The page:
• Hi Melodie…
      thanks for the thoughtful reply. I am touched tonight by your words, “giving others the freedom to celebrate and claim the things we don’t do as ok and worthwhile.” Wow! Those words show a great valuing of others and openness and appreciation in relationship. I’ve jotted that phrase down in my journal and I’m sure I’ll come back to it often. Thank you again, and blessings to you.
      Kate

  2. Superb. I agree with most of these, except with a few unique wrinkles of my own. Keep thinking of positive things you _don’t_ do! I will, too.

    • I totally agree – this is a superb list that also makes me think about how I engage with other people. I do have some online “conversations” on Twitter or elsewhere, but it’s definitely not the same as sitting down with someone in person. Thanks for your encouragement to keep on thinking about this.

    • Thanks for reading and for your reply. I smiled at the words, “a few unique wrinkles of my own.” At 51 I’m developing a few unique wrinkles of my own!! 🙂 Seriously, though, when I read April’s original blog, she mentioned not doing quizzes or the enneagram. I have found the enneagram a very useful tool in coming to know myself better, and for several years, as a tool that my spiritual director and I explored together. April’s “difference” didn’t feel distancing at all, but made me curious… what tools have been meaningful to her in growing in her knowledge and understanding of herself. Those ‘unique wrinkles’ you mentioned can be invitations into curiosity and conversation (communication) rather than distancing. I will certainly “keep thinking” about this, too. Blessings to you tonight…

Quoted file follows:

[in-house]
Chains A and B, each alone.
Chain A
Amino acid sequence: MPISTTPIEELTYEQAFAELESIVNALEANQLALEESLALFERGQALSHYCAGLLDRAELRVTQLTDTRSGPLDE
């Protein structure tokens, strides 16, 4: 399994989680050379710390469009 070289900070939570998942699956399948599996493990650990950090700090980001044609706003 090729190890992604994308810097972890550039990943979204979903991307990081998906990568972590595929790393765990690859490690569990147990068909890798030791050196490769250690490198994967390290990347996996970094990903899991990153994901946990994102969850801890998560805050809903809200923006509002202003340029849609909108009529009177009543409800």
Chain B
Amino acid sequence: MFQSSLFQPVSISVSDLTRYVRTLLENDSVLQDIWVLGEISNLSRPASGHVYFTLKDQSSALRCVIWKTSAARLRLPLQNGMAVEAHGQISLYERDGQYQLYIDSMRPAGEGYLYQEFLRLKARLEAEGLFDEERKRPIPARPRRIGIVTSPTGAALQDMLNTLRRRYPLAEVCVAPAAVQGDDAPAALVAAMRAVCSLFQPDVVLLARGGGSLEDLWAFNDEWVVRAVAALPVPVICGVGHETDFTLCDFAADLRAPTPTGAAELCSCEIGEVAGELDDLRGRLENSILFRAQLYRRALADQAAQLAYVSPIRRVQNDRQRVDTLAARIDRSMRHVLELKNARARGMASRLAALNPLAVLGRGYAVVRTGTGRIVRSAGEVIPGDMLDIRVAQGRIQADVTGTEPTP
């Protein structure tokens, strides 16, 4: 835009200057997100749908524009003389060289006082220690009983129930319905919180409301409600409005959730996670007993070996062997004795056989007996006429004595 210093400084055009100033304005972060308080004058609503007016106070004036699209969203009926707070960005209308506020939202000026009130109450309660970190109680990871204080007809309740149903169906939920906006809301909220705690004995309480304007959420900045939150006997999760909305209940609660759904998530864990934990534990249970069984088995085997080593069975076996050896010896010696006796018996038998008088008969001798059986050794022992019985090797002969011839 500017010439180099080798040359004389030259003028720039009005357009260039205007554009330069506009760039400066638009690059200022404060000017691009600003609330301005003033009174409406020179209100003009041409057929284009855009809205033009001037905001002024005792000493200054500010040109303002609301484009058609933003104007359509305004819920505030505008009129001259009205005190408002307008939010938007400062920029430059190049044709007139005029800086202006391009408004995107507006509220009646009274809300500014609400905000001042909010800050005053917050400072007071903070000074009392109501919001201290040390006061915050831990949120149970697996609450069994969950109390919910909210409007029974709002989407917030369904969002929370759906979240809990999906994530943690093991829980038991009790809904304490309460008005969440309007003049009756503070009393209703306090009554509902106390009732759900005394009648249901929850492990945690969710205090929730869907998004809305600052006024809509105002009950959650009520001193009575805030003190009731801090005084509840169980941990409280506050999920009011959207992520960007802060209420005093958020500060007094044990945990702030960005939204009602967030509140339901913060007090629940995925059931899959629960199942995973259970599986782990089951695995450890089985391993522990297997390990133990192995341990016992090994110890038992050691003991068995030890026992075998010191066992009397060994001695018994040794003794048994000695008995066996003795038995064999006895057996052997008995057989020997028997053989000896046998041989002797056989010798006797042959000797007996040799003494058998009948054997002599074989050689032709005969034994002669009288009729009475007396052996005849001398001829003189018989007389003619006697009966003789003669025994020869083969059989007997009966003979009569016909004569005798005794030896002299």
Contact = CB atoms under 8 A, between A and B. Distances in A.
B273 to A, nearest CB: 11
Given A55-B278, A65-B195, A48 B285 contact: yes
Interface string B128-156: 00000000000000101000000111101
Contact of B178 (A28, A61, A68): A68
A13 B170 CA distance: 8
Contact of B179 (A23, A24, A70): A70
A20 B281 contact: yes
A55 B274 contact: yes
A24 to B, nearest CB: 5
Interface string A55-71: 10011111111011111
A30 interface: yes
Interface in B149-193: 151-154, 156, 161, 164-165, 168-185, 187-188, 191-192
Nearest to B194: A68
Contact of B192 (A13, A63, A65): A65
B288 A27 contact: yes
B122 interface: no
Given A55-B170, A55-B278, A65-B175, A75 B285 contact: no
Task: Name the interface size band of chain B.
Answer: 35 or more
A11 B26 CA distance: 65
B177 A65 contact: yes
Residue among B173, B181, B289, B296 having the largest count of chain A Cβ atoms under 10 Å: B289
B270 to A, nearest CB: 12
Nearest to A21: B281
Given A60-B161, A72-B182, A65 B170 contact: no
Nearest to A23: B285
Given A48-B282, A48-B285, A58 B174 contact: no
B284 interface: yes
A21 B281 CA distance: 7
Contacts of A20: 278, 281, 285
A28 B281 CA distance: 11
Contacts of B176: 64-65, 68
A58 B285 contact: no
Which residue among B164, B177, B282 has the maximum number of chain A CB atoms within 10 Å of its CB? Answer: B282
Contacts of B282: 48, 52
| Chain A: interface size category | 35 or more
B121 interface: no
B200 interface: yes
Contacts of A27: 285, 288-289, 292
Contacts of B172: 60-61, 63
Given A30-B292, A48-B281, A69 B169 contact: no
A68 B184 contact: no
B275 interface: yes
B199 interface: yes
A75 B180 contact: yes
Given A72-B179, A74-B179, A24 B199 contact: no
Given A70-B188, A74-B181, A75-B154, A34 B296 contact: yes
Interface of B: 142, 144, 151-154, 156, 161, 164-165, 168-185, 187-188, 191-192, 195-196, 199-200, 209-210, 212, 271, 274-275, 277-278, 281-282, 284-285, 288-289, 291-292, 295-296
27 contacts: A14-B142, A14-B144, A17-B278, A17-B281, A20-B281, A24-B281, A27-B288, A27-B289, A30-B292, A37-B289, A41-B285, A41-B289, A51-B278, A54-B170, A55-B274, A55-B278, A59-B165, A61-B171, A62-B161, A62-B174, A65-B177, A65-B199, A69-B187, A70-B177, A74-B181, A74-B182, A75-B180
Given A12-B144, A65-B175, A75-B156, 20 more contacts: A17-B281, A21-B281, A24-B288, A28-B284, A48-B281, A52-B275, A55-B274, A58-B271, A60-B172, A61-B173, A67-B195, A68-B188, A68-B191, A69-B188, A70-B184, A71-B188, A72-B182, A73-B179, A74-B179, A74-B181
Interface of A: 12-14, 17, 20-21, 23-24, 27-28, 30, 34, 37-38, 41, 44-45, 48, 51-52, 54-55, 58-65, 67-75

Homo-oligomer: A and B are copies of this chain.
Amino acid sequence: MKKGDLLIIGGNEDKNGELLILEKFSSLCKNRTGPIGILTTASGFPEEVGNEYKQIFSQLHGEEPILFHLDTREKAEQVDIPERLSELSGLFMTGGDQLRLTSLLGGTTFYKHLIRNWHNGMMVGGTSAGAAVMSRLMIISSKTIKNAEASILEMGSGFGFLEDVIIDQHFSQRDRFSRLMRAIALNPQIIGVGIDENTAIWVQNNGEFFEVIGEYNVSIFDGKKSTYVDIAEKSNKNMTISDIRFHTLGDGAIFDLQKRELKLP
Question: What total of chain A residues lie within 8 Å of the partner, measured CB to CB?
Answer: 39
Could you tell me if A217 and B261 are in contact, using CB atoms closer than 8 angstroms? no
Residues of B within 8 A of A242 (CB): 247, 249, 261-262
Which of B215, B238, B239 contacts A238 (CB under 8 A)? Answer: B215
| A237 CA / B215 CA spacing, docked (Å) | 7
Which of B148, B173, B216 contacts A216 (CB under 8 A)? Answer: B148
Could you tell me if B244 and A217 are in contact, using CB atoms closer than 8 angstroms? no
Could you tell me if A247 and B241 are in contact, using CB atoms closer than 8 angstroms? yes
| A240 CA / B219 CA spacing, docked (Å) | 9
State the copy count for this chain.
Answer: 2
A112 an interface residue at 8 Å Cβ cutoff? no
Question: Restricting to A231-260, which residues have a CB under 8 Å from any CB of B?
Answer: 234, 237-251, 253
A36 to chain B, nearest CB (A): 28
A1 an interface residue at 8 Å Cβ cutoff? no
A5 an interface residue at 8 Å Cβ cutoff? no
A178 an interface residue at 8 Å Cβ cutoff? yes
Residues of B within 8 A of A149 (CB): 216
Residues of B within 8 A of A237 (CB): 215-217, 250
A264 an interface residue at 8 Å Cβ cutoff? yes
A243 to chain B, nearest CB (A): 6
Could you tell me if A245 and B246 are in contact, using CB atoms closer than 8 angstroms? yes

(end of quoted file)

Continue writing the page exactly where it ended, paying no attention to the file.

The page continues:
Kate

      • I’m thankful that “difference” doesn’t have to mean distancing or defensiveness on either side, but can instead provoke curiosity and appreciation for the richness of life. Books, personal reflection, and journaling have been some of the tools that have helped me, and maybe some day the enneagram will make it onto my Do List too.

  3. The points all resonated with me, especially “Beauty is holy… and healing.” I too cannot live without beauty which is not the same as elegance. Shame on the woman who had the effrontery to re-do your table.

    The best one in my view: I don’t overlook even the smallest crumbs of joy or forgiveness. A few days ago I came across a pithy statement with the hashtag: # BeyondOrdinary: Forgiveness doesn’t excuse their behavior. Forgiveness prevents their behavior from destroying your heart. Like you, Kate (and probably April too) I want to keep my heart intact – impervious to resentments, other negative attitudes.

    Great post! Now I’m off to check out the other list.

    • Hi Marion…
      Thanks for your words today. I have to admit that I still cringe just a bit when I think about that woman resetting my table.
      I’m touched tonight by your phrase, “beauty is not the same as elegance.” So much to sit with there. I work with children, and they can create so much that is beautiful, they in themselves are beautiful, but certainly not elegant! 🙂 Elegance may reflect a surface order or symmetry, but beauty is rich in part because it is deep!
      The quote you shared on forgiveness has been jotted down in my journal. I sure appreciate your offering it!
      Like you, keeping my heart in tact is meaningful… and I continue to be so glad that God is there to take our wounded or whole or sad or rejoicing hearts to… that whatever conditions our hearts may be in, there is always wholeness in our relationship with God.
      Thanks again, and blessings to you tonight.
      Kate

      • Thank you, Marion – that kind of forgiveness and sense of wholeness is certainly #BeyondOrdinary, the kind of peace/shalom that comes from God. It may not be particularly elegant since forgiveness can be messy and painful, but there is a priceless depth and beauty to it. .